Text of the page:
Re: Problem displaying data on a jsp (from a database) using logic:presenttag
Saturday, February 4, 2006 10:10 PM
works fine. if you really do have a bean in request or session or application scope under the exact specified attribute name "formname", and if it really does have a "getFieldname" method (with "f" replaced by "F"), and if that method really returns a non-null object, then the logic:present should fire, and the contents of it should get executed.
(note that I don't think a form-bean, declared by name "formbean" in struts-config, will actually be found in request or session scope under attribute name "formbean" !..... I could be wrong about this?
Recently I found that you can use the little-known "html:struts" tag, to get the actual attribute name under which your form bean is actually set, so you can feed that to your logic:present name="" if necessary.
I think the default request scope attribute name, for the form bean associated with the action specified by your html:form on your jsp, is something like "org.apache.struts.action.BEAN"? though it's different in session scope, where there may be multiple form beans hanging around).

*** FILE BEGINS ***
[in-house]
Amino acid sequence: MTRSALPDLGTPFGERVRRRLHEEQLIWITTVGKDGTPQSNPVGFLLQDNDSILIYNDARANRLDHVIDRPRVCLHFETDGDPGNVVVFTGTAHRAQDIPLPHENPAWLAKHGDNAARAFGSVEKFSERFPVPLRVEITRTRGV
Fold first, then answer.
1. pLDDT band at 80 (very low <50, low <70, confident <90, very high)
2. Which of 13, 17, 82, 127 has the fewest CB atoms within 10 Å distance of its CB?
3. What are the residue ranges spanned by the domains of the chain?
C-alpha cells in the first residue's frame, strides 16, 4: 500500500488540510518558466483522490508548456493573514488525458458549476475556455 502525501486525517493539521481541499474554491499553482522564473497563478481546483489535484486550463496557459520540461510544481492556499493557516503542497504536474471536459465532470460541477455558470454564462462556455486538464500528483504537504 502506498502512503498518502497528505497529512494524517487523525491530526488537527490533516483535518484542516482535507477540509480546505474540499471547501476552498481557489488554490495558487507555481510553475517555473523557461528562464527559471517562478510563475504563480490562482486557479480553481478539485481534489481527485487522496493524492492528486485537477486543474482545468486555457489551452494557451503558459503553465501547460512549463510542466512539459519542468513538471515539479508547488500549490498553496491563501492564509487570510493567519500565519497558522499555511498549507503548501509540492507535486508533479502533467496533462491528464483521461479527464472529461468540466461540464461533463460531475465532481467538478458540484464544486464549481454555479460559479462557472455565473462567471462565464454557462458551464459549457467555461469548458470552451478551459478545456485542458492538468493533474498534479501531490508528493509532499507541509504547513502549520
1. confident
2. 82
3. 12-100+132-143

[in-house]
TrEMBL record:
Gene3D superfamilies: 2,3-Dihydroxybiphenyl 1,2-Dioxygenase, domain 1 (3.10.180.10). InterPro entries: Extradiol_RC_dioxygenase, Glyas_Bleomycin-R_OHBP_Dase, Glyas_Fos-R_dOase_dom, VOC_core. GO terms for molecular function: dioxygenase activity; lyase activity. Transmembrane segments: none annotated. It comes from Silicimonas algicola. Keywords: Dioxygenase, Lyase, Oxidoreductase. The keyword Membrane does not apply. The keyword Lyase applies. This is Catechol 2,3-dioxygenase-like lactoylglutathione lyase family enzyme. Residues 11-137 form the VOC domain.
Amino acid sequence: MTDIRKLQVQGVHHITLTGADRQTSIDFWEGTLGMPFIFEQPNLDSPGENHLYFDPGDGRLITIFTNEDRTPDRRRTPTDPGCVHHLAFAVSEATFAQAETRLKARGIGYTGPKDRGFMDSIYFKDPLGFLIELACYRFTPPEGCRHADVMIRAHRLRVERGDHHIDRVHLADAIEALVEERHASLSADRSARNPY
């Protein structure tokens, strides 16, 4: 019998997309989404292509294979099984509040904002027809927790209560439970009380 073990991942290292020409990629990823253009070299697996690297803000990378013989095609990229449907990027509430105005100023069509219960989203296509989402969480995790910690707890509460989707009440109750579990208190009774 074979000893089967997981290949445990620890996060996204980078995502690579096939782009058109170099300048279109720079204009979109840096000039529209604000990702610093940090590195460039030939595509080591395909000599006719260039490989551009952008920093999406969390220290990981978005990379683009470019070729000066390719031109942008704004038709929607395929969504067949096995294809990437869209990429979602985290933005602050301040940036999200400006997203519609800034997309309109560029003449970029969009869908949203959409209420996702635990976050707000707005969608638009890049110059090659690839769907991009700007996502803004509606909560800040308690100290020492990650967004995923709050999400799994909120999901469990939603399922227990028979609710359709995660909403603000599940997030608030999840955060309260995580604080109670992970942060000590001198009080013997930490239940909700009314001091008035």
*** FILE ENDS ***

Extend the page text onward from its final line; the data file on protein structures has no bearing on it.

Similarly a "logic:notPresent" should fire if the "getFieldname" method returns null (but the "formname" bean still has to be there, or you'll get a servlet exception).
I usually pair any "logic:present" tag with a matching "logic:notPresent" tag just before or just after it, on the same exact name + property, so I can see that one or the other has definitely fired (have it just write out an html comment, perhaps, so you can look for it via "View Page Source" in the browser).
One tip: enclose your "logic:present" tag (the one with the property="fieldname") in another outer "logic:present" tag, with just the name="formname". That guards against the possibility that there IS no "formname" attribute in any scope (either because something failed, or because you are specifying the wrong name!!).
And of course match that with a "logic:notPresent" tag for just the name="formname" too, and see which one fires... you may be surprised by what this kind of careful defensive coding can tell you. It comes under the category of "this should never happen" in PRODUCTION, but in development/debugging it can be invaluable, and save you lots of time.....